Amazon Web Services starts blocking domain-fronting, following Google’s lead

A week after Google closed a method for application developers to circumvent Internet censorship, Amazon is doing the same. In a post last week, Amazon Web Services announced that it would implement a new set of enhanced domain protections specifically designed to halt front end domain, a practice that allows developers to disguise their traffic to evade network blocks.

In the publication, Amazon characterized the change as an effort to eradicate the malware. "Tools, including malware, can use this technique between completely independent domains to evade restrictions and blockages that can be imposed on the TLS / SSL layer," explains the publication. "No client wants to find another person posing as their innocent and ordinary domain."

The front-end domain works by using large cloud providers as a kind of proxy, making the data request appear to be directed to a main service. like Google or Amazon only to be forwarded to a third party once it reaches the internet in general. This is useful for evading Internet blocks at the state level such as the recent Russian Telegram block, since state ISPs can not tell which traffic is going to the blocked service until it is too late.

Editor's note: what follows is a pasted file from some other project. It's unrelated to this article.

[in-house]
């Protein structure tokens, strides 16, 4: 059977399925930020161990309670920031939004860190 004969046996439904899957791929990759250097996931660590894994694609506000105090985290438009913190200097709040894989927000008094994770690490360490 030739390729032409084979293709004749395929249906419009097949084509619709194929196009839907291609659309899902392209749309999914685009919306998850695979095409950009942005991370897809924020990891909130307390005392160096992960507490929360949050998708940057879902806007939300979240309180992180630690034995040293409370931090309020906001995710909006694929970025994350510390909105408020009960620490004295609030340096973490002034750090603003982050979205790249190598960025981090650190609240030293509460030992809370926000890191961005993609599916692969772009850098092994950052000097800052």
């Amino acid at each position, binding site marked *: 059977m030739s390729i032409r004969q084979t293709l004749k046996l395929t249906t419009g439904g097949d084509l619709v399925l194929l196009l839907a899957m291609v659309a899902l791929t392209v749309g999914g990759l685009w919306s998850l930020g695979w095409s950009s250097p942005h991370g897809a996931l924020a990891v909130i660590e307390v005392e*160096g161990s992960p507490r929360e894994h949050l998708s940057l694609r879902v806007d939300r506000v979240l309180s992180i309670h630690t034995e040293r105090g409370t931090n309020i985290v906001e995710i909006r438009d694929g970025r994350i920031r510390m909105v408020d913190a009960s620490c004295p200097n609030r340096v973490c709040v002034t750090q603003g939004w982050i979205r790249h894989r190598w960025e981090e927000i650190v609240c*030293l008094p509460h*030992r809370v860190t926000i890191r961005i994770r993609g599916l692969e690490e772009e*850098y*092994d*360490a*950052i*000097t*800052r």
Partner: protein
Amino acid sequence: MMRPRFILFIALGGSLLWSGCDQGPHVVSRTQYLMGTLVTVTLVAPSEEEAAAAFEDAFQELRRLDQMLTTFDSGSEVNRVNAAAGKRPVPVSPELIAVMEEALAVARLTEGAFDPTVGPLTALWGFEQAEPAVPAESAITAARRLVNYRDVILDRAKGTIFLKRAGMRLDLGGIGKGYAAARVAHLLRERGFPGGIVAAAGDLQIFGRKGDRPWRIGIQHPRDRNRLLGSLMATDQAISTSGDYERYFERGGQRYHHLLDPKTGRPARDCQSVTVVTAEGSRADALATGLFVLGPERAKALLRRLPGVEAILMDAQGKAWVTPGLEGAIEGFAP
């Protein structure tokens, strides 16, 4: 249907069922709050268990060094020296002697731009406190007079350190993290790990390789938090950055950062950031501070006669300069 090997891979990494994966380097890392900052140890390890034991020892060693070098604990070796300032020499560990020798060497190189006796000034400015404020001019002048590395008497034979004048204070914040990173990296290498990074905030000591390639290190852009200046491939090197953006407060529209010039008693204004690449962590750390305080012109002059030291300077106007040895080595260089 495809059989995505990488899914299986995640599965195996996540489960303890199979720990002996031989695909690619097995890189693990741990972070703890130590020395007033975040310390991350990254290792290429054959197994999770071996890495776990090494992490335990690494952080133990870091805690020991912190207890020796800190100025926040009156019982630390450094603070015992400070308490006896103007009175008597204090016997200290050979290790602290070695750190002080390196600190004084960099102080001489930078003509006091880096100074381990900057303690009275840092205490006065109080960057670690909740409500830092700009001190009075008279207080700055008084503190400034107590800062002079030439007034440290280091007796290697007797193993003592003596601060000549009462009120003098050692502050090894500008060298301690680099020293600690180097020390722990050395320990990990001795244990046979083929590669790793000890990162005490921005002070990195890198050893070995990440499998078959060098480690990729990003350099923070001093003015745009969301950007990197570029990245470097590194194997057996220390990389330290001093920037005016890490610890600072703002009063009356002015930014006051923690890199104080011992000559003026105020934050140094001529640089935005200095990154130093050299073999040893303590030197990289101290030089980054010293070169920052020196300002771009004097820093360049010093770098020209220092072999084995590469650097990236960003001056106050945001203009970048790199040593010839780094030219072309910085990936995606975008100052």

Unfortunately for the circumvention tools, neither Amazon nor Google will allow them to pull that trick anymore. Amazon will still allow the search of domains within domains owned by the same client (or more specifically, listed under the same SSL certificate), but customers can no longer use the technique to disguise where the data goes, which makes them much less useful for blocked applications.

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